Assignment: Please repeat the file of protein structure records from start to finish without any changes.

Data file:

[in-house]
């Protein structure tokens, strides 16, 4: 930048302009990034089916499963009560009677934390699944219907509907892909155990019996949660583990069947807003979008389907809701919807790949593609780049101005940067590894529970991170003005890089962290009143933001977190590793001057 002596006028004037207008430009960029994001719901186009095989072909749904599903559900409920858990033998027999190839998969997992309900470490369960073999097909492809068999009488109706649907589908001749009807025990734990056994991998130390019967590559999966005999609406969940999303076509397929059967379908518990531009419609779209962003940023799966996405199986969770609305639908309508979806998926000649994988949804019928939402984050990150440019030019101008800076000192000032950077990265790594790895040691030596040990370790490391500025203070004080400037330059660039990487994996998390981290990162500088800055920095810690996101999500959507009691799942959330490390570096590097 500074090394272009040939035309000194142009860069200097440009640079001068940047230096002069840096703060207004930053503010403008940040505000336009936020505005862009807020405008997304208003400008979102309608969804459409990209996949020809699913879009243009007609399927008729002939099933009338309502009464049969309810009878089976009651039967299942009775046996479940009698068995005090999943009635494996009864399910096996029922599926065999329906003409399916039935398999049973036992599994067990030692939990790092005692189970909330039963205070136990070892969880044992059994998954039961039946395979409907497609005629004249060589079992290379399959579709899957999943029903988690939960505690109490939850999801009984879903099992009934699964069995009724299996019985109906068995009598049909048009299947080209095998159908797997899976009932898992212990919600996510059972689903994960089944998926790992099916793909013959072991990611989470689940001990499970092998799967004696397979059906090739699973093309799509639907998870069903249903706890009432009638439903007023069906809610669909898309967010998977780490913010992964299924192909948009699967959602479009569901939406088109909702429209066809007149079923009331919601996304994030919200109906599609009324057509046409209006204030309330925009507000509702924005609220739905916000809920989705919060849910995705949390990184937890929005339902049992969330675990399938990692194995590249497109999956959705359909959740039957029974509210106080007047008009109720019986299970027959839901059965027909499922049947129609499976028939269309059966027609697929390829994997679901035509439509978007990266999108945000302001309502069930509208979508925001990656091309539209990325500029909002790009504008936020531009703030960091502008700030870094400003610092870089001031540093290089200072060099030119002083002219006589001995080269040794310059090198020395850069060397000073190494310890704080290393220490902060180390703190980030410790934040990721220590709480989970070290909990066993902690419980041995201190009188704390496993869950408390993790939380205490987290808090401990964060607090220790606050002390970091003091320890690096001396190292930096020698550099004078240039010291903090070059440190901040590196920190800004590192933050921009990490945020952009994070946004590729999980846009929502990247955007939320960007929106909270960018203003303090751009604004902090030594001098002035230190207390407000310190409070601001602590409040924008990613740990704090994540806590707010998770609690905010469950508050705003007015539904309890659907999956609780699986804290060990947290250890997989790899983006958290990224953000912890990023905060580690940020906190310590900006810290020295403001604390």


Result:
[in-house]
């Protein structure tokens, strides 16, 4: 930048302009990034089916499963009560009677934390699944219907509907892909155990019996949660583990069947807003979008389907809701919807790949593609780049101005940067590894529970991170003005890089962290009143933001977190590793001057 002596006028004037207008430009960029994001719901186009095989072909749904599903559900409920858990033998027999190839998969997992309900470490369960073999097909492809068999009488109706649907589908001749009807025990734990056994991998130390019967590559999966005999609406969940999303076509397929059967379908518990531009419609779209962003940023799966996405199986969770609305639908309508979806998926000649994988949804019928939402984050990150440019030019101008800076000192000032950077990265790594790895040691030596040990370790490391500025203070004080400037330059660039990487994996998390981290990162500088800055920095810690996101999500959507009691799942959330490390570096590097 500074090394272009040939035309000194142009860069200097440009640079001068940047230096002069840096703060207004930053503010403008940040505000336009936020505005862009807020405008997304208003400008979102309608969804459409990209996949020809699913879009243009007609399927008729002939099933009338309502009464049969309810009878089976009651039967299942009775046996479940009698068995005090999943009635494996009864399910096996029922599926065999329906003409399916039935398999049973036992599994067990030692939990790092005692189970909330039963205070136990070892969880044992059994998954039961039946395979409907497609005629004249060589079992290379399959579709899957999943029903988690939960505690109490939850999801009984879903099992009934699964069995009724299996019985109906068995009598049909048009299947080209095998159908797997899976009932898992212990919600996510059972689903994960089944998926790992099916793909013959072991990611989470689940001990499970092998799967004696397979059906090739699973093309799509639907998870069903249903706890009432009638439903007023069906809610669909898309967010998977780490913010992964299924192909948009699967959602479009569901939406088109909702429209066809007149079923009331919601996304994030919200109906599609009324057509046409209006204030309330925009507000509702924005609220739905916000809920989705919060849910995705949390990184937890929005339902049992969330675990399938990692194995590249497109999956959705359909959740039957029974509210106080007047008009109720019986299970027959839901059965027909499922049947129609499976028939269309059966027609697929390829994997679901035509439509978007990266999108945000302001309502069930509208979508925001990656091309539209990325500029909002790009504008936020531009703030960091502008700030870094400003610092870089001031540093290089200072060099030119002083002219006589001995080269040794310059090198020395850069060397000073190494310890704080290393220490902060180390703190980030410790934040990721220590709480989970070290909990066993902690419980041995201190009188704390496993869950408390993790939380205490987290808090401990964060607090220790606050002390970091003091320890690096001396190292930096020698550099004078240039010291903090070059440190901040590196920190800004590192933050921009990490945020952009994070946004590729999980846009929502990247955007939320960007929106909270960018203003303090751009604004902090030594001098002035230190207390407000310190409070601001602590409040924008990613740990704090994540806590707010998770609690905010469950508050705003007015539904309890659907999956609780699986804290060990947290250890997989790899983006958290990224953000912890990023905060580690940020906190310590900006810290020295403001604390």